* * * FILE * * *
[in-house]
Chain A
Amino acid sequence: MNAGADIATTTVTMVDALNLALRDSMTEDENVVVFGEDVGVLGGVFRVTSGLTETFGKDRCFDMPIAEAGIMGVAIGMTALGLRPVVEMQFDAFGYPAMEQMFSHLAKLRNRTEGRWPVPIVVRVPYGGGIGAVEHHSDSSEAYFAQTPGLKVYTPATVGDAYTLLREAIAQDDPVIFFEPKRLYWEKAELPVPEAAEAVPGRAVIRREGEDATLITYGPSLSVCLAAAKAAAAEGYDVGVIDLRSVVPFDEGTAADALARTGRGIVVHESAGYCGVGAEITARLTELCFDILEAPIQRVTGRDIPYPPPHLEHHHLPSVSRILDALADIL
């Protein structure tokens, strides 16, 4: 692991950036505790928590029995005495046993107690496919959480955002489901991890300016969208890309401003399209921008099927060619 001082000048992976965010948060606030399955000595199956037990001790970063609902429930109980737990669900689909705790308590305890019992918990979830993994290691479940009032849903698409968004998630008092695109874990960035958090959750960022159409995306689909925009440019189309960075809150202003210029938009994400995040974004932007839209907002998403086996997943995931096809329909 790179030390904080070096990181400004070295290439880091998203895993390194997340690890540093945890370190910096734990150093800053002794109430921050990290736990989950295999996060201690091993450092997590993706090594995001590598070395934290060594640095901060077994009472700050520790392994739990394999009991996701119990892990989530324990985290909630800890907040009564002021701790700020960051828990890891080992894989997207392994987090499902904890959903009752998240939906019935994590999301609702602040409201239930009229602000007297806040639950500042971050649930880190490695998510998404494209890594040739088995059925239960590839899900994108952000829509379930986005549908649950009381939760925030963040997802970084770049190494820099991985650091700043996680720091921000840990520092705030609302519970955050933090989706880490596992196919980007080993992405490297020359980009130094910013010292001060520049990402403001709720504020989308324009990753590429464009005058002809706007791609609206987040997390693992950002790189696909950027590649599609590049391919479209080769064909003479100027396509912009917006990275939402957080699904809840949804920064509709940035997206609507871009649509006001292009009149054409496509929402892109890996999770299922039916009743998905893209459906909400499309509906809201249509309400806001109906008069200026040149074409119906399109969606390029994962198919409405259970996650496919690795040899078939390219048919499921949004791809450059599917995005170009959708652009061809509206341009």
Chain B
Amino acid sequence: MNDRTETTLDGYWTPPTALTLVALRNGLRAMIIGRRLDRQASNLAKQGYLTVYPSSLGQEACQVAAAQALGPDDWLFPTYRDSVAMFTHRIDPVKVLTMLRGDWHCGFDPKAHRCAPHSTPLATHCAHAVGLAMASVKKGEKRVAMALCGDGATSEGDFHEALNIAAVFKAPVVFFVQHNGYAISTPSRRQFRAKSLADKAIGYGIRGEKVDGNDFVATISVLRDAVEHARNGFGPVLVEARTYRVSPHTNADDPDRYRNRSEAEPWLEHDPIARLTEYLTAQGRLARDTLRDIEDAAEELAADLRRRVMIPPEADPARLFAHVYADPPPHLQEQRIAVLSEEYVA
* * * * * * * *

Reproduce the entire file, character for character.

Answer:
[in-house]
Chain A
Amino acid sequence: MNAGADIATTTVTMVDALNLALRDSMTEDENVVVFGEDVGVLGGVFRVTSGLTETFGKDRCFDMPIAEAGIMGVAIGMTALGLRPVVEMQFDAFGYPAMEQMFSHLAKLRNRTEGRWPVPIVVRVPYGGGIGAVEHHSDSSEAYFAQTPGLKVYTPATVGDAYTLLREAIAQDDPVIFFEPKRLYWEKAELPVPEAAEAVPGRAVIRREGEDATLITYGPSLSVCLAAAKAAAAEGYDVGVIDLRSVVPFDEGTAADALARTGRGIVVHESAGYCGVGAEITARLTELCFDILEAPIQRVTGRDIPYPPPHLEHHHLPSVSRILDALADIL
């Protein structure tokens, strides 16, 4: 692991950036505790928590029995005495046993107690496919959480955002489901991890300016969208890309401003399209921008099927060619 001082000048992976965010948060606030399955000595199956037990001790970063609902429930109980737990669900689909705790308590305890019992918990979830993994290691479940009032849903698409968004998630008092695109874990960035958090959750960022159409995306689909925009440019189309960075809150202003210029938009994400995040974004932007839209907002998403086996997943995931096809329909 790179030390904080070096990181400004070295290439880091998203895993390194997340690890540093945890370190910096734990150093800053002794109430921050990290736990989950295999996060201690091993450092997590993706090594995001590598070395934290060594640095901060077994009472700050520790392994739990394999009991996701119990892990989530324990985290909630800890907040009564002021701790700020960051828990890891080992894989997207392994987090499902904890959903009752998240939906019935994590999301609702602040409201239930009229602000007297806040639950500042971050649930880190490695998510998404494209890594040739088995059925239960590839899900994108952000829509379930986005549908649950009381939760925030963040997802970084770049190494820099991985650091700043996680720091921000840990520092705030609302519970955050933090989706880490596992196919980007080993992405490297020359980009130094910013010292001060520049990402403001709720504020989308324009990753590429464009005058002809706007791609609206987040997390693992950002790189696909950027590649599609590049391919479209080769064909003479100027396509912009917006990275939402957080699904809840949804920064509709940035997206609507871009649509006001292009009149054409496509929402892109890996999770299922039916009743998905893209459906909400499309509906809201249509309400806001109906008069200026040149074409119906399109969606390029994962198919409405259970996650496919690795040899078939390219048919499921949004791809450059599917995005170009959708652009061809509206341009």
Chain B
Amino acid sequence: MNDRTETTLDGYWTPPTALTLVALRNGLRAMIIGRRLDRQASNLAKQGYLTVYPSSLGQEACQVAAAQALGPDDWLFPTYRDSVAMFTHRIDPVKVLTMLRGDWHCGFDPKAHRCAPHSTPLATHCAHAVGLAMASVKKGEKRVAMALCGDGATSEGDFHEALNIAAVFKAPVVFFVQHNGYAISTPSRRQFRAKSLADKAIGYGIRGEKVDGNDFVATISVLRDAVEHARNGFGPVLVEARTYRVSPHTNADDPDRYRNRSEAEPWLEHDPIARLTEYLTAQGRLARDTLRDIEDAAEELAADLRRRVMIPPEADPARLFAHVYADPPPHLQEQRIAVLSEEYVA